Today we went to the zoo. It was a beautiful day (82-degrees in the dead of winter) and the animals were all out frolicking under the sun.
At Colt’s insistence, we wandered into the snake exhibit to see the giant Burmese python.
As we watched through the plate glass, a nice little girl and her daddy walked up next to us.
“Do you know what kind of snake that is Lily?” the nice daddy asked his daughter.
“That’s a Burmese Python” he said smiling.
“And do you know how pythons catch their prey?” he asked Lily in his friendly daddy voice. Lily shook her curly head and looked up at him.
“Well, first they bite their prey to injure them. Sometimes these are mice or other small mammals. Did you know they can eat animals that weigh as much as they do?”
“Then they lunge at their prey and wrap their large bodies around them,” he continued.
“Then they squeeeeeeeze the animal until it’s dead and eat it whole. And that’s why they’re called constrictors. Can you say con-strict-or, Lily?”
Lily nodded and smiled. Perhaps she was used to living with such a descriptive parent. Perhaps she watches “Wild Killers” on Saturday morning instead of “Mickey Mouse Clubhouse” so this is NO BIG DEAL.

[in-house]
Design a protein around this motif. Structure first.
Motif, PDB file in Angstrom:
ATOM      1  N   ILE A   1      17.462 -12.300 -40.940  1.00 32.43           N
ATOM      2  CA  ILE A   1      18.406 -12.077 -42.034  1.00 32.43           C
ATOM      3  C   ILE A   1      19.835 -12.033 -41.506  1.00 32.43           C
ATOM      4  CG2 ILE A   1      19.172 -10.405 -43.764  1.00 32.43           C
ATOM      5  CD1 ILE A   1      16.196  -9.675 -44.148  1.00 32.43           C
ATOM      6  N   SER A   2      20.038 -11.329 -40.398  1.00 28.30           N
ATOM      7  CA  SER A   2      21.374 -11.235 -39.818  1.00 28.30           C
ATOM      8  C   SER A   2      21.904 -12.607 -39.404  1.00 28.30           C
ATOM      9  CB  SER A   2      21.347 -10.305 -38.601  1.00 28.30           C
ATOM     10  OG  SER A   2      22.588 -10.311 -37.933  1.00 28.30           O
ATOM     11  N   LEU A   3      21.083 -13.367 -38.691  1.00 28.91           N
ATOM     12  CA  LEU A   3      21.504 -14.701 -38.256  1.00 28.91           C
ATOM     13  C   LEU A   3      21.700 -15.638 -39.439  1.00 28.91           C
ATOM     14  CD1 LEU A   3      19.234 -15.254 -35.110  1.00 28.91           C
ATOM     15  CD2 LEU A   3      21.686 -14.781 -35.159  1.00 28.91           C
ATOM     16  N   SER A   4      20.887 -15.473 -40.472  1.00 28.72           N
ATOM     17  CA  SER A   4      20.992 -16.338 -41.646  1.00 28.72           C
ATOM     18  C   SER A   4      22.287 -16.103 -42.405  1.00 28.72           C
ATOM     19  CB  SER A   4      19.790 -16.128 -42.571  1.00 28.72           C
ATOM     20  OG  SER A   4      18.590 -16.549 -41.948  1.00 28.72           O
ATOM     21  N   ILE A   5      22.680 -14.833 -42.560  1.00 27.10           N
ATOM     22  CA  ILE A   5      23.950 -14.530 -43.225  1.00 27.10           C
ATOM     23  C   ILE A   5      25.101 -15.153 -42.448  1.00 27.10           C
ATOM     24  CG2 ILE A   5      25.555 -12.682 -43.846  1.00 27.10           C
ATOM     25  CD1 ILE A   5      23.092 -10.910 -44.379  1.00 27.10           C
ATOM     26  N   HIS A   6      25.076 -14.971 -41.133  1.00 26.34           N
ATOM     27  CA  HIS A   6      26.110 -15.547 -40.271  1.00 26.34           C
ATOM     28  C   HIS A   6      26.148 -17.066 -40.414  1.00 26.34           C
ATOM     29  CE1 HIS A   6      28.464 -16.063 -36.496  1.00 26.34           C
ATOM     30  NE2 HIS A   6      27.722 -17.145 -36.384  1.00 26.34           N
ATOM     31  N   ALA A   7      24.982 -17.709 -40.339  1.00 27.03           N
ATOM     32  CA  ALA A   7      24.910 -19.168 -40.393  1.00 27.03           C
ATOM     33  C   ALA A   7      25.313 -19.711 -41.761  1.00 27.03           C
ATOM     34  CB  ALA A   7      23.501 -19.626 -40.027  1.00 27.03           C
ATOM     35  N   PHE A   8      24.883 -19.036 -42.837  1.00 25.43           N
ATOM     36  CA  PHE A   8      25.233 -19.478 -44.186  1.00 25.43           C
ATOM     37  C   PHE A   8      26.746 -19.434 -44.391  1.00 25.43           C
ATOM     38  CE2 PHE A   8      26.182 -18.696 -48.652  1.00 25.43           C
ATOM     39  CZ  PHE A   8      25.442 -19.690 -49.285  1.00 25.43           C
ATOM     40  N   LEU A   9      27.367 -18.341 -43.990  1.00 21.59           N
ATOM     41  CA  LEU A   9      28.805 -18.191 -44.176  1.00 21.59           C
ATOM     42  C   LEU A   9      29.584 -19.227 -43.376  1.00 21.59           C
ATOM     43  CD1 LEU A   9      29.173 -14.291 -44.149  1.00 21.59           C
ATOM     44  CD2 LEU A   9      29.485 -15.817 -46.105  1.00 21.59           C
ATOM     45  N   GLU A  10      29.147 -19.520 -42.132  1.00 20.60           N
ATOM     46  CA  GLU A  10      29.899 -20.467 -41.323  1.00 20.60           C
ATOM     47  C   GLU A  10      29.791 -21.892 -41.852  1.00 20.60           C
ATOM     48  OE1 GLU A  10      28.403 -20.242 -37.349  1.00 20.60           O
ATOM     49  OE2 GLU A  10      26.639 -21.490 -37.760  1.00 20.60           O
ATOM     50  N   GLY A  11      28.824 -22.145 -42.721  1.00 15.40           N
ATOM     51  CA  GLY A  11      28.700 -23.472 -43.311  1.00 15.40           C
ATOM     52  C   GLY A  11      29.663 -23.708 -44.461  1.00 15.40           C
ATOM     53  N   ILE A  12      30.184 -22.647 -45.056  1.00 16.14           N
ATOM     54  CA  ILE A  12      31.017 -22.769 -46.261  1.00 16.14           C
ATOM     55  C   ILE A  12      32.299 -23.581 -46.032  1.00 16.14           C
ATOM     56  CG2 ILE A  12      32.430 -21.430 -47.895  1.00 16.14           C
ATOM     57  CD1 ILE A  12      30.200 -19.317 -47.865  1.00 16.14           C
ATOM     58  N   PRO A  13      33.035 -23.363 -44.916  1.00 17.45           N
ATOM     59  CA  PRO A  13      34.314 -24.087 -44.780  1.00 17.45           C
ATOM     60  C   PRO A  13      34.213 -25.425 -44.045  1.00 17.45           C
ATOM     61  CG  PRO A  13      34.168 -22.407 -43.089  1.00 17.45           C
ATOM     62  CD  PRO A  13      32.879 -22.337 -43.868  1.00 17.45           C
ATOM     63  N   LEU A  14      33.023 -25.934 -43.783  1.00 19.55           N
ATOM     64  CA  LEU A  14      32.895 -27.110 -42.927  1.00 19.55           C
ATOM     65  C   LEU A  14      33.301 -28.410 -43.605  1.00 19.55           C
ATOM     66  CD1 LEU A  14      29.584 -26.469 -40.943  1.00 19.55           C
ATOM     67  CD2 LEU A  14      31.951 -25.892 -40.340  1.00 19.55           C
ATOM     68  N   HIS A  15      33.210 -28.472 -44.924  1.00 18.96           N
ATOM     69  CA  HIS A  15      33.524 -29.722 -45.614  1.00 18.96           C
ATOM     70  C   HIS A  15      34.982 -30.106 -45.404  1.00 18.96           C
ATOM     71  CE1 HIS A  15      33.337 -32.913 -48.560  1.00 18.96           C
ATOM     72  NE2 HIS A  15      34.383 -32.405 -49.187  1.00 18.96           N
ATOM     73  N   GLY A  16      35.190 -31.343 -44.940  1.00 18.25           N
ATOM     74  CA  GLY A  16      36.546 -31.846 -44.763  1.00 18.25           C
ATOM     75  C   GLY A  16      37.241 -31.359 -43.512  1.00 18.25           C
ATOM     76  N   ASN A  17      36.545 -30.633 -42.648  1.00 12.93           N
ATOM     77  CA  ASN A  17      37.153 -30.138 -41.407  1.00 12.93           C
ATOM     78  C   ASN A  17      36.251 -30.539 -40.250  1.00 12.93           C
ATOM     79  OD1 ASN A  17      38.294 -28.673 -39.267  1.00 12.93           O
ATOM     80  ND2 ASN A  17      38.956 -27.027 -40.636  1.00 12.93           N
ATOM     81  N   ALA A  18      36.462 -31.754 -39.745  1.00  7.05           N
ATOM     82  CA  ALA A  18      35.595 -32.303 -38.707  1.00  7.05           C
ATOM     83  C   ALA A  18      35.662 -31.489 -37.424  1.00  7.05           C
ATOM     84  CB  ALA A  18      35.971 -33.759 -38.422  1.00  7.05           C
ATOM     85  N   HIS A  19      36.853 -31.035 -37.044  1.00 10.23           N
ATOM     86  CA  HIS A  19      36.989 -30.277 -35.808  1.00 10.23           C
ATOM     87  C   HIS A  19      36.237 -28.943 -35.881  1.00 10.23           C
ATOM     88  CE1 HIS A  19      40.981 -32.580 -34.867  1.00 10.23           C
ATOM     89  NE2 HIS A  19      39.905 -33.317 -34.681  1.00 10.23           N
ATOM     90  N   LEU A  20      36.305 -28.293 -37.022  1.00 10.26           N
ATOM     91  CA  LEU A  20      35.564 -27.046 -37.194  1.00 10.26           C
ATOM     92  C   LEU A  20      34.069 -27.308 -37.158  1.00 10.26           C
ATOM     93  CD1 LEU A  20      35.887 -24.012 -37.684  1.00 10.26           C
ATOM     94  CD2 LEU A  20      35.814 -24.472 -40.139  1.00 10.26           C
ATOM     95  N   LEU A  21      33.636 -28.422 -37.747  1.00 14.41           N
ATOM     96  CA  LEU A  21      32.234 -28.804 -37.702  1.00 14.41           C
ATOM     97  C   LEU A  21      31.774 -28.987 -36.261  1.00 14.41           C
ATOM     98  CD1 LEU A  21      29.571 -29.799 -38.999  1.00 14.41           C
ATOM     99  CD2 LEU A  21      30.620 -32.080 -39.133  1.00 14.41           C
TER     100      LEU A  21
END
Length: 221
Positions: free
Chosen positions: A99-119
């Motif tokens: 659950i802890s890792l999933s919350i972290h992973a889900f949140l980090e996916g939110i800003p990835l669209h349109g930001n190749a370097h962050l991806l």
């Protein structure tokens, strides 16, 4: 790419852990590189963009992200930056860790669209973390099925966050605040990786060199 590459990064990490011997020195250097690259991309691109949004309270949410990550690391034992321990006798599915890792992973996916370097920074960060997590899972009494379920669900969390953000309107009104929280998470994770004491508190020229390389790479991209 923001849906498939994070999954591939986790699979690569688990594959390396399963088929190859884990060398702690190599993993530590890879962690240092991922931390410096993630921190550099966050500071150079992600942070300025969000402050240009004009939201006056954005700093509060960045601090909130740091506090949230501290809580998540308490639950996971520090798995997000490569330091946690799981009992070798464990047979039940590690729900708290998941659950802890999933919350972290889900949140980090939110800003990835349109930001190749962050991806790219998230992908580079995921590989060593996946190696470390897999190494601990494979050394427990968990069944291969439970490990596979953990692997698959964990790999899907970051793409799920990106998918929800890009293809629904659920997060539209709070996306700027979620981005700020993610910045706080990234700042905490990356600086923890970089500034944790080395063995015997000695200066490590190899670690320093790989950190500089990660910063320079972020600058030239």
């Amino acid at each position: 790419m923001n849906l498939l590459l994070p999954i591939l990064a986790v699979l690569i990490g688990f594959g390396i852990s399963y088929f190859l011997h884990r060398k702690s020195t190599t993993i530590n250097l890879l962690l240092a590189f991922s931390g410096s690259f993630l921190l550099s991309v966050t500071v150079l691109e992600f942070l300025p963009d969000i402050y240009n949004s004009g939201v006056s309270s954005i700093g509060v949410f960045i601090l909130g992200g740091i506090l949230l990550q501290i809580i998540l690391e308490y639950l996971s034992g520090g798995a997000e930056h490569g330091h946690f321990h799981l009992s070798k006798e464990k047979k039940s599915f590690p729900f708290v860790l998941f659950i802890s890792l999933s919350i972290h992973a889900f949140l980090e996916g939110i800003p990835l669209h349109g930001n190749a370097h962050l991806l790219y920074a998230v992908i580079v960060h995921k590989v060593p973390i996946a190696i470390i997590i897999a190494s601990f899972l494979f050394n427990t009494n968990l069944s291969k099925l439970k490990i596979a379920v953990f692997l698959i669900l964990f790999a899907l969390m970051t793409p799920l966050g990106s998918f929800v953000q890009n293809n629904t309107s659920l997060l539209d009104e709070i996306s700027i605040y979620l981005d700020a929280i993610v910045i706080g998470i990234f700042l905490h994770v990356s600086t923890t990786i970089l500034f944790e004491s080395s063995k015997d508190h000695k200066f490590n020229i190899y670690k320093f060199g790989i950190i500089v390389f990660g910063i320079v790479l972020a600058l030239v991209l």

But my son thinks that snakes go “SSSSSSSSSSS” and that’s about it. And that was FINE with me until today. Now I have to explain the Circle of Life to a 2-year-old. Thanks a lot.
Luckily we managed to avoid Lily and Jack Hanna for the rest of the afternoon.
Especially in the Lorikeet exhibit where one bird kept kicking the other bird in the face, so he could get to the nectar we bought to feed the birdies.
I could see Lily’s daddy now…
“Sometimes animals kick other animals in the face to show dominance. Someday that kicking birdie will become stronger and bigger, and the other birdie will die of starvation. And that’s why we call it Survival of the Fittest, Lily”
Mostly I was glad we didn’t run into Mr. Wikipedia in the underwater exhibit. Where the manatees were sixty-nining.
Colt thought they were giving each other a bear-hug. Those silly manatees!
Oh, look, frogs!